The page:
Migrating Complicated Websites To Google Tag Manager

March 16, 2017

Google Tag Manager makes managing the Google Analytics tags on your website simpler and easier. It’s the single place where all your tags live. It allows you to update, test, and deploy changes at your own pace, and it provides a single, consistent interface for all your Google Analytics Events, along with any other tags you may have on your website.

This is great for a new website, where you start with a clean slate and can make sure that all of your tracking is implemented using Tag Manager. But what about websites that have been around for a while? Large websites that have been around for years tend to accrue hundreds of calls to ga() (or even _gaq.push()) calls woven into dozens of HTML templates, either directly or through the use of home-grown utility libraries that have also expanded and evolved over years. These may have been implemented by different developers, in different styles, and finding all of them may be a challenge.

This blog post covers some basic strategies for managing the transition from hard-coded Google Analytics tags to an implementation managed by Google Tag Manager.

Run Both Google Analytics Implementations Side-by-Side

One of the most basic approaches to this transition is simply having an ‘overlap’ period where your old hard-coded implementation lives on the page at the same time as your new implementation in Google Tag Manager. This allows you to have an apples-to-apples comparison of the data that the two implementations collect for the same set of user behavior. Any differences you see in your reports will definitely be from the implementation, and not just a natural fluctuation in traffic numbers from one month to the next. More importantly, when both tools are active you can run through the site yourself and see what hits are generated.

For this strategy, it is absolutely critical that data from the two implementations be completely segregated. Each time a user views one of your pages, there will be two pageview hits sent to Google Analytics. If both of those hits end up in the same report, then all of your reporting will be wrong. In addition to inflating pageviews, metrics like Time of Visit and Bounce Rate will be thrown to the four winds.

The best approach is to use a brand-new Google Analytics property for your Tag Manager implementation. This prevents any situation where data from the two tools will show up in the same report by accident. It also allows you to configure the new implementation without affecting any existing reporting, such as upgrading from Classic to Universal Analytics, or updating the Referral Exclusion List. While it is possible to separate the data from the new implementation into a new View in an existing property, this requires much more careful configuration and is more error-prone.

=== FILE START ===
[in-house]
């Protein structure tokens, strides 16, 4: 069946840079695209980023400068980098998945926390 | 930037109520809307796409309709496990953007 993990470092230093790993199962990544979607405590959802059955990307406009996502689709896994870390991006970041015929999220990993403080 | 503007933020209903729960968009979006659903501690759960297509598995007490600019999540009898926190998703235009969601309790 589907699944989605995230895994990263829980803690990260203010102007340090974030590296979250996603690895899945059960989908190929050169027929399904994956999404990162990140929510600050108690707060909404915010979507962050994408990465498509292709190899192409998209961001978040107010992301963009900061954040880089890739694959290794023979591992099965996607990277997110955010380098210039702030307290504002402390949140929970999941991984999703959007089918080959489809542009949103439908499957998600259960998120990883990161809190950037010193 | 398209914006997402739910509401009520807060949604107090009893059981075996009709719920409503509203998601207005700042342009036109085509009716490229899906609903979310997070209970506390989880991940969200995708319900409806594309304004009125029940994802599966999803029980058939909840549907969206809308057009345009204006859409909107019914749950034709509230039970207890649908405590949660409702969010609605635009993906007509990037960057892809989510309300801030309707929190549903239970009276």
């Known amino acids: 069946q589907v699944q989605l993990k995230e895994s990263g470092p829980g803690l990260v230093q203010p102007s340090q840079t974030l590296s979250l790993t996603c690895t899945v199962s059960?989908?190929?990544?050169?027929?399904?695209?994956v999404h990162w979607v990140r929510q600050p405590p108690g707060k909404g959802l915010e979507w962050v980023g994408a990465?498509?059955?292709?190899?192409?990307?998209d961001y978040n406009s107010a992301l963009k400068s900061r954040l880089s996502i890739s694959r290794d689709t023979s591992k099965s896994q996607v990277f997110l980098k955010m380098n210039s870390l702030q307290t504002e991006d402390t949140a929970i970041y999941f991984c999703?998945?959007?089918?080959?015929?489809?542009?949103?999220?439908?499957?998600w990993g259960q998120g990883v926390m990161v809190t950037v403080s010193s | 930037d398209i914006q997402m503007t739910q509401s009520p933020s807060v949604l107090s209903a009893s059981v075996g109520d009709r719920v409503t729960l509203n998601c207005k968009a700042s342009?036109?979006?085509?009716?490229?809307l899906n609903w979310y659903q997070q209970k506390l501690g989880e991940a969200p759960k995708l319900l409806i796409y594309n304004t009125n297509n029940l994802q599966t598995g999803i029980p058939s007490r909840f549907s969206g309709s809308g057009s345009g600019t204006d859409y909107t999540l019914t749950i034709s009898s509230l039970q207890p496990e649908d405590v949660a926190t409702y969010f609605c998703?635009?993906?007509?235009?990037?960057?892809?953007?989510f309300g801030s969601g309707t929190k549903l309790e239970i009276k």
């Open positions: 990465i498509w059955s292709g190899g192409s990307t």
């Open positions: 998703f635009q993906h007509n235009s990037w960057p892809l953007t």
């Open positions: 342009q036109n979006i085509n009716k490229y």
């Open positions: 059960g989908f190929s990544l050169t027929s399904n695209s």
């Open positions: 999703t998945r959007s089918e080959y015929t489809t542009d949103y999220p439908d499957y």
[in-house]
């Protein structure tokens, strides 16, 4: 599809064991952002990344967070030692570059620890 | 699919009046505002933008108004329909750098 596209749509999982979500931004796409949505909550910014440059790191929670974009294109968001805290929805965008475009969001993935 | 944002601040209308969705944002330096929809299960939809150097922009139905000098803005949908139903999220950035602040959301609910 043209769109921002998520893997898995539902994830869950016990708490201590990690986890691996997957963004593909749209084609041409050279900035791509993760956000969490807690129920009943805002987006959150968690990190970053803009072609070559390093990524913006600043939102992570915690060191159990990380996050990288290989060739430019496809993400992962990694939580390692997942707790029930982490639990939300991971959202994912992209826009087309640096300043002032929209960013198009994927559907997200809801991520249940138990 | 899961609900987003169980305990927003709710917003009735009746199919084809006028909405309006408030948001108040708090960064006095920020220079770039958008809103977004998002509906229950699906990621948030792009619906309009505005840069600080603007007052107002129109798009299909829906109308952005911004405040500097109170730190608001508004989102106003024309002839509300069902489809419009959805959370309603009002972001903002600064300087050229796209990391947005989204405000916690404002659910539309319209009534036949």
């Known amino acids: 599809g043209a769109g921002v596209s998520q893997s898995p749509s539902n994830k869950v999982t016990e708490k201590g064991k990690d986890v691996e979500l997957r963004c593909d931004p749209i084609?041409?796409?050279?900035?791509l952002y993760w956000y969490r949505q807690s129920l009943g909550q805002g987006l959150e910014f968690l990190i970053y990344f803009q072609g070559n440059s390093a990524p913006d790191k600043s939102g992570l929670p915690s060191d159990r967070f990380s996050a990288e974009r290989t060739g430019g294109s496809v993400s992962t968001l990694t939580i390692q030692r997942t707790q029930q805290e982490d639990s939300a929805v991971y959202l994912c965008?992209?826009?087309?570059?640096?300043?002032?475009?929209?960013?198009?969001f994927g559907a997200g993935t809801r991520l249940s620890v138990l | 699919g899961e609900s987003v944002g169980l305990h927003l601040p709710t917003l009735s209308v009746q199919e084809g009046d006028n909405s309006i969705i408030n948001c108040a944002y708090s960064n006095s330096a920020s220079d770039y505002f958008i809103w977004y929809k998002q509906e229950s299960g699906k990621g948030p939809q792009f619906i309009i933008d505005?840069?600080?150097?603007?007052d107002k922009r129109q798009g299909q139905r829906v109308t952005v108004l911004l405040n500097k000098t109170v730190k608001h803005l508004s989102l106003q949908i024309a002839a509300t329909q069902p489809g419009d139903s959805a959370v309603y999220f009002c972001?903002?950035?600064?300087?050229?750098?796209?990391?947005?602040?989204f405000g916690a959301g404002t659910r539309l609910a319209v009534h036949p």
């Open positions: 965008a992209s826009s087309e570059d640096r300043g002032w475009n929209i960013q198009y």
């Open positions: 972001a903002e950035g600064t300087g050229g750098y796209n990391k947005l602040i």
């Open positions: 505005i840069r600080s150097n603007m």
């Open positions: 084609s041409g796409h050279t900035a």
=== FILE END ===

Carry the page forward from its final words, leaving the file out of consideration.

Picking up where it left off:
The downside of this approach is that the new property will need to be configured from scratch, and will have no historical data. The historical data will still be present in the legacy property indefinitely, but reporting covering the time period before the switch-over will need to be pulled separately and merged manually. While inconvenient, this may be desirable because it prevents people from accidentally comparing data from the different implementations without being aware of the difference.

We’ve outlined this basic process in another blog post, Safely Migrating To Google Tag Manager. Let’s go into a little more detail about some of the technical challenges that you may face and some solutions to help you along the way.

Blocking Unwanted Hits from your New Property

After determining everything is ready to swap, you make the switch in Google Tag Manager and started sending the Pageviews and Events from Google Tag Manager to the correct Google Analytics Property. Even after you re-implement your existing Google Analytics tags in Tag Manager, it may be hard to verify that you have removed every single hard-coded tag on the page. This can cause problems!

The most basic problem is double-tagging, where the same page or interaction is sending data twice, once from a hard-coded tag and once from a Tag Manager tag. If you’re lucky, this only results in one number being twice as large, which is simple to correct. But there can be plenty of other issues as well, such as Bounce Rate being affected, or the two tags not always firing at the same time, or the two tags having different naming conventions for their Event. There are additional subtle problems that can be caused by misconfigured tags, especially if any of the old tags are Asynchronous Google Analytics instead of Universal Analytics.

Fortunately, there are a handful of settings that can be enabled to make sure that your Google Analytics reports only include hits from tags that were set up in Tag Manager.

Container ID Filter

The first mitigation technique is to have every Tag Manager tag tell Google Analytics that it came from Tag Manager, and tell Google Analytics to ignore any other tags. While this is fairly simple to accomplish, it does require discipline: you need to add this field to every single Google Analytics tag in Tag Manager, both in the present and in the future.

To achieve this, do the following steps:

Add an Include Filter for Container ID

Enable built-in Container ID variable

Add the Custom Dimension to your tags

  1. In Google Analytics, enable a new Hit-level Custom Dimension named “GTM Container ID.” We could use any other static value we wanted to, but the GTM Container ID communicates our intent most clearly. Note the index of the new variable.